Cities can get greener by 2030 as new urban areas built
OSLO (Reuters) - The world's urban areas will more than double in size by 2030, presenting an opportunity to build greener and healthier cities, a U.N. study showed on Monday.
Simple planning measures such as more parks, trees or roof gardens could make cities less polluted and help protect plants and animals, especially in emerging nations led by China and India where city growth will be fastest, it said.
"Rich biodiversity can exist in cities and is extremely critical to people's health and well-being," wrote Thomas Elmqvist of the Stockholm Resilience Centre, scientific editor of the Cities and Biodiversity Outlook.
The world's urban population is expected to surge from just over 3.5 billion now to 4.9 billion by 2030, according to the assessment by the U.N. Convention on Biological Diversity.
At the same time, the area to be covered by cities will expand by 150 percent, it said.
"Most of this growth is expected to happen in small and medium-sized cities, not in megacities," according to the report, issued to coincide with a U.N. meeting on biodiversity in Hyderabad, India.
More green spaces in cities can filter dust and pollution and soak up heat-trapping carbon dioxide. Some studies have shown that the presence of trees can help reduce asthma and allergies for children living nearby, it said.
And the study said that cities were also home to a wide range of animals and plants.
More than 65 percent of Poland's bird species are found in Warsaw. In South Africa, Table Mountain national park, rich in wildlife, is surrounded by the Cape Town municipality. In the United States, Saguaro national park is just outside Tucson.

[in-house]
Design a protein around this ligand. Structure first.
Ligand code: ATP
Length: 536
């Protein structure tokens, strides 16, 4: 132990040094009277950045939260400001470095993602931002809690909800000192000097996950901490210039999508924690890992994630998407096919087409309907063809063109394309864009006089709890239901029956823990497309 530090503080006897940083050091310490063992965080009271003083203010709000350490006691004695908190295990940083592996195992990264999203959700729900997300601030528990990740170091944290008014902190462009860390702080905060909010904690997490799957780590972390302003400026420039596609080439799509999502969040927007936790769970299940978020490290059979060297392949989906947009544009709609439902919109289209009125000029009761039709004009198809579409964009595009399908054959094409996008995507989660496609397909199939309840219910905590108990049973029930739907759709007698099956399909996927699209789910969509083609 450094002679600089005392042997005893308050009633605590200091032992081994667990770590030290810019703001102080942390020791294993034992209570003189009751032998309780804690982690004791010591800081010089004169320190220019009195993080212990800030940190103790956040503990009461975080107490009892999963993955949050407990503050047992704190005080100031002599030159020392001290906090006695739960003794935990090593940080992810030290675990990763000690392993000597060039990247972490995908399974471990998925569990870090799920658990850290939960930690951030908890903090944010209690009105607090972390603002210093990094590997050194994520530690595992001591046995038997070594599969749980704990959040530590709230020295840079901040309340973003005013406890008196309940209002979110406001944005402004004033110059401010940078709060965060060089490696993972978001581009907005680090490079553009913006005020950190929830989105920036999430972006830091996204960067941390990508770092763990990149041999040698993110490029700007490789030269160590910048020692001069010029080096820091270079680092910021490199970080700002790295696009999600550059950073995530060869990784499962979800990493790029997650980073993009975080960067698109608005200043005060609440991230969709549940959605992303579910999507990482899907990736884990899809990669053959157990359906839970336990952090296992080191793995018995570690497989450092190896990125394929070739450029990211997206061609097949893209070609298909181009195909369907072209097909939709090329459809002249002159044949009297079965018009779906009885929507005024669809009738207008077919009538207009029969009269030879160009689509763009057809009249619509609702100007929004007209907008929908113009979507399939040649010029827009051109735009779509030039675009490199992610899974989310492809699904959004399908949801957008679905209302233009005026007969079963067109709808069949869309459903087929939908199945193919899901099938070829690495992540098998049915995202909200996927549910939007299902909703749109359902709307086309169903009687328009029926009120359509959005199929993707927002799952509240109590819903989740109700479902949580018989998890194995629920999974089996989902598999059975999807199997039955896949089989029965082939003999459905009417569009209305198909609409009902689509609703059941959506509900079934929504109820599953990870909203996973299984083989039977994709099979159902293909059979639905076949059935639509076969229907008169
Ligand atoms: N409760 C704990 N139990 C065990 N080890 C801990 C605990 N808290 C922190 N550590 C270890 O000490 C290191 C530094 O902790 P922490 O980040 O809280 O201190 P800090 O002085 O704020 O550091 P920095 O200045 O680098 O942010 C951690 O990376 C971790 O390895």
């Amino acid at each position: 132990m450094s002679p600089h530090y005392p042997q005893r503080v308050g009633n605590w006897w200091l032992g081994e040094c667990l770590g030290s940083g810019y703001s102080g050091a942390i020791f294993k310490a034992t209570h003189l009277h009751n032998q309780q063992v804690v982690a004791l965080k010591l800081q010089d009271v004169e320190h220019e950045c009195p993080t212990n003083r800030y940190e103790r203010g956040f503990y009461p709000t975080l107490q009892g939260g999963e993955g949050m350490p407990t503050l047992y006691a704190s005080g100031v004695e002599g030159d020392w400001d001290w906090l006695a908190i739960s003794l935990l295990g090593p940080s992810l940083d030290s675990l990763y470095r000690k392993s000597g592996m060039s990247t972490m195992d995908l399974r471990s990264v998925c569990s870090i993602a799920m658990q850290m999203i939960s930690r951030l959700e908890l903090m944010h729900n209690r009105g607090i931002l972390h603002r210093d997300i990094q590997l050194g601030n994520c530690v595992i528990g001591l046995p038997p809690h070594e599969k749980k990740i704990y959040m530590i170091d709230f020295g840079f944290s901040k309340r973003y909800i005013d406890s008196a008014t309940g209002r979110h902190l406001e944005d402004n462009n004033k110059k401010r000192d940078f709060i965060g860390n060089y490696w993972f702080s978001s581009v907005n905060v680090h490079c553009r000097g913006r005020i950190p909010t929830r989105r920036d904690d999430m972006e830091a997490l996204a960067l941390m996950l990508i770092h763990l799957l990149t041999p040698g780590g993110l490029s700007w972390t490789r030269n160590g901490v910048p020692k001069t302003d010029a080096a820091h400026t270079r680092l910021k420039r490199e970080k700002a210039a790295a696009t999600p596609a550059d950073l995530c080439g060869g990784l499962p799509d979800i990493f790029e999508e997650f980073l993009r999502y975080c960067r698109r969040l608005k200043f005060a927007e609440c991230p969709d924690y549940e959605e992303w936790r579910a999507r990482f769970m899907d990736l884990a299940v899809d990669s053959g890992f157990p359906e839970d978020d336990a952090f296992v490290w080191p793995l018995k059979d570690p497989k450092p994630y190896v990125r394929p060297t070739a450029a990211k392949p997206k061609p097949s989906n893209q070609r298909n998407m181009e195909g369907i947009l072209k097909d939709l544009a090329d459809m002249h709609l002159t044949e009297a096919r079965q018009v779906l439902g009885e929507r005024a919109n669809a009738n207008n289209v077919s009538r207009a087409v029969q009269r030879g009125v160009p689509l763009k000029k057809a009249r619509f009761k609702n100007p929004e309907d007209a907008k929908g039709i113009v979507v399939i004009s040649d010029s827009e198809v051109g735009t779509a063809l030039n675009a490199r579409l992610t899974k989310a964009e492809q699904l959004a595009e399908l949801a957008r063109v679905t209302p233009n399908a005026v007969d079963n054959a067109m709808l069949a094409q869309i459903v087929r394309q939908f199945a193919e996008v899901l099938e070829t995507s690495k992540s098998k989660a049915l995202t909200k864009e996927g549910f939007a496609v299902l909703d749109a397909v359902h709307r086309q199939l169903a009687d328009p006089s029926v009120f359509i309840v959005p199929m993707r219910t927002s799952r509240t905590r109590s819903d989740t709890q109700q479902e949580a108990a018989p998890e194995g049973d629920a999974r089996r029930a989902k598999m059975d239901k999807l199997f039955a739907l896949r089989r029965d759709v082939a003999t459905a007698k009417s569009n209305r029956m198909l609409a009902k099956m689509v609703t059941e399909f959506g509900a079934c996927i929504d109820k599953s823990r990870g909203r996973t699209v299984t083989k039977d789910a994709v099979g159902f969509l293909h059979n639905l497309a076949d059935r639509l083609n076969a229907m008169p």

"Sustainable urban development that supports valuable ecosystems presents a major opportunity for improving lives and livelihoods," said Achim Steiner, head of the U.N. Environment Programme.
More tree cover in cities can help cool them in summers, meaning less need for air conditioning, it said.
"Recent studies highlight the importance of even small urban gardens in providing habitat for native pollinators such as bees, which have declined alarmingly in recent years," the study added.
And it pointed to real estate arguments for a greener city.
In the United States "city parks increase the value of nearby residential properties by an average of 5 percent; excellent parks can provide a 15 percent increase," it said.
Expansion of cities would often displace farms nearby, meaning that agriculture would have to shift elsewhere. That in turn would require care that new farmland did not, for instance, lead to damaging deforestation.
"For the next 40 years urban growth will consume land approximately three times the size of France ... this is often the most prime agricultural land," Elmqvist said.
Many existing cities are trying to get greener. In Bogota, Colombia, residents exercised more after city authorities introduced measures such as closing some roads on weekends and improving bus transport.
In Mexico City, a "Green Roof Program" aims to create 10,000 square meters (107,000 sq ft) of new roof gardens every year.
(Reporting By Alister Doyle, Environment Correspondent; Editing by Pravin Char)
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